We all grieve. To live without Nick we must live without Nick. Slowly and gradually emerging from the grey is a possible alternative future. Different, sadder and less certain. But it appears, as people said it would. The spaces between the bouts of despair lengthen, but when it hits the sadness is evermore concentrated. Music, poetry, literature are all still impossible. Hopeless.

People have been amazing. We have had so much support and continue to do so. Every offer of assistance of course is a reminder of our loss, but everyone knows that. It’s just tough. I am still an emotional Samson, nothing phases.

Thanks all for your support, if i don’t respond keep trying. I am beginning to put my head above the parapet

The grief Demon

This will not be a comfortable read, don’t bother if you’ve not the stomach for it.

I cannot pretend otherwise, the grief I am enduring is unimaginable. It’s around me always, like a shadow. It’s always with me. I’ve no real experience of depression but I’ve heard tell of a ‘black dog’. I understand this now. My shadow of grief is an ever-present brooding, sometimes snarling, spectre. This my friends is a new manifestation of the malignant motherfucker that has wreaked so much pain, chaos and despair.

It is seven days since Nicky died. This time last week I carried my sleeping children to their own beds and enfolded my darling wife in my arms for the last time. I curled around her. She’d not been conscious for some 15 hours by this time, the morphine driver imperceptibly twisting, bringing relief to her and a sense of inevitable anguish to me.

“Sleep baby, if you want to, let go love.”

She died in my arms, although I could not tell you when. As day dawned and wakefulness returned I reached to touch her head. Her porcelain perfect skin, youthful and clear, was china cool.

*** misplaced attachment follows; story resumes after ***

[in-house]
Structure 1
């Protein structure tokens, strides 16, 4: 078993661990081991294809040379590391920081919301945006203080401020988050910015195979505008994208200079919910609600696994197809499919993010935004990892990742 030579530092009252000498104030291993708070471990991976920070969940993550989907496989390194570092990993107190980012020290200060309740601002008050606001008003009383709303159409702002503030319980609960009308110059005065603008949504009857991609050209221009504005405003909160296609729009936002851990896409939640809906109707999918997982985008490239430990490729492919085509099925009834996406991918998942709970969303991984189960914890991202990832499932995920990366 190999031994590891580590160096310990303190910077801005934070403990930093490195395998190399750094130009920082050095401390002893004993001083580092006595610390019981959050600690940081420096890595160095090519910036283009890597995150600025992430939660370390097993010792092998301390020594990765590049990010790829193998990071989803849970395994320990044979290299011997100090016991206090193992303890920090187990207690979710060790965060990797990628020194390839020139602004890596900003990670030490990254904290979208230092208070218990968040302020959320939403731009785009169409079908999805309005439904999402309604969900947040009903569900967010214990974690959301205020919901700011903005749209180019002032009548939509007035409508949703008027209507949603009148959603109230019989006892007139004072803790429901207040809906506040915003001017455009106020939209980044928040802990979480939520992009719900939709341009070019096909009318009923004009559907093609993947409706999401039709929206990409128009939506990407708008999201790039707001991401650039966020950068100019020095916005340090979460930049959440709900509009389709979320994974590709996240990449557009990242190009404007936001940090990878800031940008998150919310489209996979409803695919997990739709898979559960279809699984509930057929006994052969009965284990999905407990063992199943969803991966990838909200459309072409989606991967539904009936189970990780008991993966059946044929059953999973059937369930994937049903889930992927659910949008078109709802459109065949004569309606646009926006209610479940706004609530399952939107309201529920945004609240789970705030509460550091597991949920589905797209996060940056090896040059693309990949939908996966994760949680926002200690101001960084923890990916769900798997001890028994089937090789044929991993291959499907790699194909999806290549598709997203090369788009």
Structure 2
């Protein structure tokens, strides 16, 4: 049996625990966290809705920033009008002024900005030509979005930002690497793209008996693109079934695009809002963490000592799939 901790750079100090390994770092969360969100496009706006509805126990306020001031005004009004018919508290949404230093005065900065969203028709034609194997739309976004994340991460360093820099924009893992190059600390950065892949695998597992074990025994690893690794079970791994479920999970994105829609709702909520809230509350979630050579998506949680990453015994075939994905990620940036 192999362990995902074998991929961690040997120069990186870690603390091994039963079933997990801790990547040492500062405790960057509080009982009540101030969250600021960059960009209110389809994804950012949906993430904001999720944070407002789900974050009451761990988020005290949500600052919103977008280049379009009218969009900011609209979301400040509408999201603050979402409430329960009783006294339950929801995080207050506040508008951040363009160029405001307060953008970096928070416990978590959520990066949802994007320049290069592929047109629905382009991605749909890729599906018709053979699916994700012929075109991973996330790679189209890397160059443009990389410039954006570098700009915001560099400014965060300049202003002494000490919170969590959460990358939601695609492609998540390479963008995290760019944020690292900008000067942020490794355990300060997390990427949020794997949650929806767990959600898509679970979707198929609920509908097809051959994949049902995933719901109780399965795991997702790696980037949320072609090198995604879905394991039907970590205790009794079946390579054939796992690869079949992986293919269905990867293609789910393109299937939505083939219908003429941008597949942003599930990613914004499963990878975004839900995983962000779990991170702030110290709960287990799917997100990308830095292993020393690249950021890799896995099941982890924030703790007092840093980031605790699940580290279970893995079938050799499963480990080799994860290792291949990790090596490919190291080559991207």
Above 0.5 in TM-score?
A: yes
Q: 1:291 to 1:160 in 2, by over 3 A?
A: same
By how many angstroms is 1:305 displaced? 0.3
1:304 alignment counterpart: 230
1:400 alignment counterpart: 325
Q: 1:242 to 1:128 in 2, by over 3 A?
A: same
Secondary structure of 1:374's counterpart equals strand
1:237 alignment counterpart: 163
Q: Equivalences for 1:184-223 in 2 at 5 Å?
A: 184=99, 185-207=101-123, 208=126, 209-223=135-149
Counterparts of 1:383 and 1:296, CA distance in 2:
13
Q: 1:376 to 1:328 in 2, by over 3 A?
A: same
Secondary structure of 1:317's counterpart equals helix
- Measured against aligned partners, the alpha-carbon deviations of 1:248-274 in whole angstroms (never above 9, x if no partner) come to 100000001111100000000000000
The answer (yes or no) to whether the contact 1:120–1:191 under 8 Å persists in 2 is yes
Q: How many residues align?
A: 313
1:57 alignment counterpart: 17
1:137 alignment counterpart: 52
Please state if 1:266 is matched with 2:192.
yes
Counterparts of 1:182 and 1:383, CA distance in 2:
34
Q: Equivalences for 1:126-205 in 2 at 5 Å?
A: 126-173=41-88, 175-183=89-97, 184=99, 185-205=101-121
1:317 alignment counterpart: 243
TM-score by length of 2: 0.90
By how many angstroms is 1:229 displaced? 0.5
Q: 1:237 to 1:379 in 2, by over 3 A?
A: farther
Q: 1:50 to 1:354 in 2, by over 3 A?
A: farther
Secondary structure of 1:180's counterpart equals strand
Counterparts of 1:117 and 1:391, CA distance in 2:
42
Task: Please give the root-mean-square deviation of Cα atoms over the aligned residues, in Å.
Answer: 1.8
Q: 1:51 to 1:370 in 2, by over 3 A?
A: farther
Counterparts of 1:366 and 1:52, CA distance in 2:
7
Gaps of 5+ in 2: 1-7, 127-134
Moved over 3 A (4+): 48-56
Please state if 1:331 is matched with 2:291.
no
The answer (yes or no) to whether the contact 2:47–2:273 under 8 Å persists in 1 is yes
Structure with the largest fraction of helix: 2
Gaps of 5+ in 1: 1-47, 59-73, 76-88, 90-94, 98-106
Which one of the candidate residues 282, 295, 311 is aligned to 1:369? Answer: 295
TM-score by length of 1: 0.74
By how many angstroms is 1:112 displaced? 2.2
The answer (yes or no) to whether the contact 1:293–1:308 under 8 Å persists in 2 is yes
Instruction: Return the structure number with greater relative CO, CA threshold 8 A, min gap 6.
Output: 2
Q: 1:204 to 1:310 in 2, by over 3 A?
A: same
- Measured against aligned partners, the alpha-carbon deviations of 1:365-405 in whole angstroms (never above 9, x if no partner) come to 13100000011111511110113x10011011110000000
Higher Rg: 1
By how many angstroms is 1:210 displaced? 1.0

Seven days. Shock has metamorphosed into something much darker..

Often these days I am making funeral plans and my shadow is polite enough to respect my busy body trifling. Busy Busy Busy. The spectre bides his time around the house, brooding over her diary entries, flicking through our photo albums, absent mindedly examining the kitchen cupboards or contents of her drawers.

Ding Dong, it’s the door again.

Visitors and friends arrive to hug me and tell me I am loved. Contrary to their desired intention this often serves to rouse my shadow from its temporary ambivalence. Tears, hugs, ‘I’m so sorries’ and reminders of the good times are, let me tell you, music for a grief demon and at once he begins an unmerry dance around my head. Firmer hugs and a few good laughs will eventually tire him, thank god.

But other times he’s far less accommodating and (when the mood takes him) the ferociousness of his attack is physical. I am bent double, I lose breath, focus and balance, and then the shadow envelopes me as thick and black as treacle. I teeter in the edge of a precipice, below me an abysmal infinity. It is very very very dark in here. Nicky was the brightest light. I loved her unequivocally. She was my soulmate, my lover, my best friend. My loss is profound.

From the many cards and messages i realise she was a light to many many others. So it seems everyone around me is in mourning too. We meet and reach out to one another like drunks at a disco, as each of us I guess is dancing with our own kind of grief demon.

I fear for myself, and I fear for the girls. How must it be for them? I’ll do my best, and am doing my best but I’ll always fall short. Nicky was an exceptional mother, with infinite patience and endless love. How can I ever match or replace her? And what is their loss? How much more profound it must be for them. In every movement, look and smile they make I see Nicky’s face and grace, and what must they see in me? I am at a loss. Betsy Bubble is hiding in corners, angry yet unable to find a voice to vent it. Tilly weeps each night, and is, like me, swept up in a hideous ballroom with her own grief demon to a relentless tune she neither knows, nor understands. A Dervish has her ‘in hold’, poor sweet Tilly.

We burn Nicky Barber ‘s remains on Friday. Perhaps then I will find the strength to wrestle this evil, foul breathed, merciless, cruel malevolence from our house. Or maybe I will just get used to him. An uninvited houseguest, unwelcome and wearing his muddy sodding boots on Nicky’s new grey hearth rug. Someone please tell him to get the fuck out.